What are Qualified Opportunity Zones?
The Tax Cuts and Jobs Act’s primary objective is to spur economic growth by creating more jobs, cutting taxes and providing an avenue towards targeted areas ripe for economic development. The Qualified Opportunity Zone (QOZ) is part of the new tax reform legislation which incentivizes investment in a struggling economic area through preferential income tax treatments. Each state’s government can elect to create zones in designated low-income communities. QOZ are designed to not only benefit the investor but also benefit these communities.
Why invest in Qualified Opportunity Zones?
The Opportunity Zones program offers three tax benefits for investing in low-income communities through a Qualified Opportunity Fund:
- A temporary deferral of capital gains reinvested in an Opportunity Fund. The deferred gain must be recognized on the earlier of the date on which the opportunity zone investment is disposed of or December 31, 2026.
- A step-up in basis for capital gains reinvested in an Opportunity Fund. The basis is increased by 10% if the investment in the Opportunity Fund is held by the taxpayer for at least 5 years and by an additional 5% if held for at least 7 years, thereby excluding up to 15% of the original gain from taxation.
- A permanent exclusion of capital gains from the sale of an investment in an Opportunity Fund if held for at least 10 years. This exclusion only applies to gains accrued after an investment in an Opportunity Fund.
How do I invest in a Qualified Opportunity Fund?
To receive these tax benefits you must invest in a Qualified Opportunity Fund (QOF). The QOF must maintain 90% of its assets in a QOZ to qualify as a Qualified Opportunity Fund. A QOF is a self-designated fund by the trade or business operating the fund. These funds must be set up as either partnerships or corporations for the purpose of investing in QOZ property. These assets must be acquired after December 31, 2017, and have originated with the business or be substantially improved from the existing asset base. To be substantially improved, assets purchased must have an equal amount of dollars spent to improve the property. For example, an asset purchased for $100 used, must have an additional $100 spent to improve the asset.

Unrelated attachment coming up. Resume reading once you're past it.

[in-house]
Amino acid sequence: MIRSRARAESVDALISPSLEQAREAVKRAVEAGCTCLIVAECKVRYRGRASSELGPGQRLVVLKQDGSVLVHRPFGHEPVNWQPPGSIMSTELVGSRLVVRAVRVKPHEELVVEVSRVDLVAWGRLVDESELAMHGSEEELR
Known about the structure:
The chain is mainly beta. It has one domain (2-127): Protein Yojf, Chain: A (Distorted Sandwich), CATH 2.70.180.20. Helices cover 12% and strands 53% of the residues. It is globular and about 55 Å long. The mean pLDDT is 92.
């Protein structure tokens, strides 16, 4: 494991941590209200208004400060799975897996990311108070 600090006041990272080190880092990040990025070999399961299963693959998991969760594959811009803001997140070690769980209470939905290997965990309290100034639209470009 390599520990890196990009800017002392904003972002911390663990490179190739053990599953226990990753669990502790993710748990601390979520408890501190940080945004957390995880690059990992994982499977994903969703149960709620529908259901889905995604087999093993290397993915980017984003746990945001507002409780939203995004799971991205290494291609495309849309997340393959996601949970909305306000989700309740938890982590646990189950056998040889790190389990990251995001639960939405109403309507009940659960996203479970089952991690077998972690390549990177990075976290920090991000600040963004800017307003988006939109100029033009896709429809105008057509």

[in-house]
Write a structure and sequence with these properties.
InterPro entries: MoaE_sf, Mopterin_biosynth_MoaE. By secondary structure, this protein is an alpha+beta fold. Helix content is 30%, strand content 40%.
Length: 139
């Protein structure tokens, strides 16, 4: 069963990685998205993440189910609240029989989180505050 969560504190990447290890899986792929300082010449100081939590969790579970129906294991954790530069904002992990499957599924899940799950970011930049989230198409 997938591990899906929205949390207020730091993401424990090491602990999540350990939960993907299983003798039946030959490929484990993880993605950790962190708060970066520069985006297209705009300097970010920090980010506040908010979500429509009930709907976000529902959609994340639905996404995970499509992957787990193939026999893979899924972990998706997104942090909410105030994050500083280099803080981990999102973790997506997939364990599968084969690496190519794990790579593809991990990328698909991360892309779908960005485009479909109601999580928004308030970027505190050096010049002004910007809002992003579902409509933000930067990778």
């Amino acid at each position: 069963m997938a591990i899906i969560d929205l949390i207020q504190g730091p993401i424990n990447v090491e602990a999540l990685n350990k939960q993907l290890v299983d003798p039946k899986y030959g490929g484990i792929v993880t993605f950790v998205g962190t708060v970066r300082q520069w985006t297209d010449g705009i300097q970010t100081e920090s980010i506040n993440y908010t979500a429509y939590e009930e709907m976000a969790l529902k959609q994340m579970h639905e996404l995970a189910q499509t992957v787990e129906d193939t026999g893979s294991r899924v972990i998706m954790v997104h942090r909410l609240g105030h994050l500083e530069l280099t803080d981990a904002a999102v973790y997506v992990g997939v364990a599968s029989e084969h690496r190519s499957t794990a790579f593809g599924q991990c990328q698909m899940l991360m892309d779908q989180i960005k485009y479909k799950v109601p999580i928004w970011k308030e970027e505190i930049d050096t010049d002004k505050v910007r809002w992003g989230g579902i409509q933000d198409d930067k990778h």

How do I get started?
Now that you are ready to invest in a Qualified Opportunity Fund, help low-income communities and save some money, contact us to talk with one of our many tax planning and investment specialists.
Meet the Author
Tax Manager - Real Estate
Jonathan McGuire, CPA
Aldrich CPAs + Advisors
Jonathan has over eight years of experience providing strategic tax planning and compliance expertise to private middle-market clients. He has a deep focus as a real estate CPA, working with investors, developers, realtors, property managers, and other professional service providers in real estate. He works with a wide range of property types ranging from single…
- Real estate
- Partnership taxation
- Tax planning and compliance
- Certified Public Accountant
- Repair regulations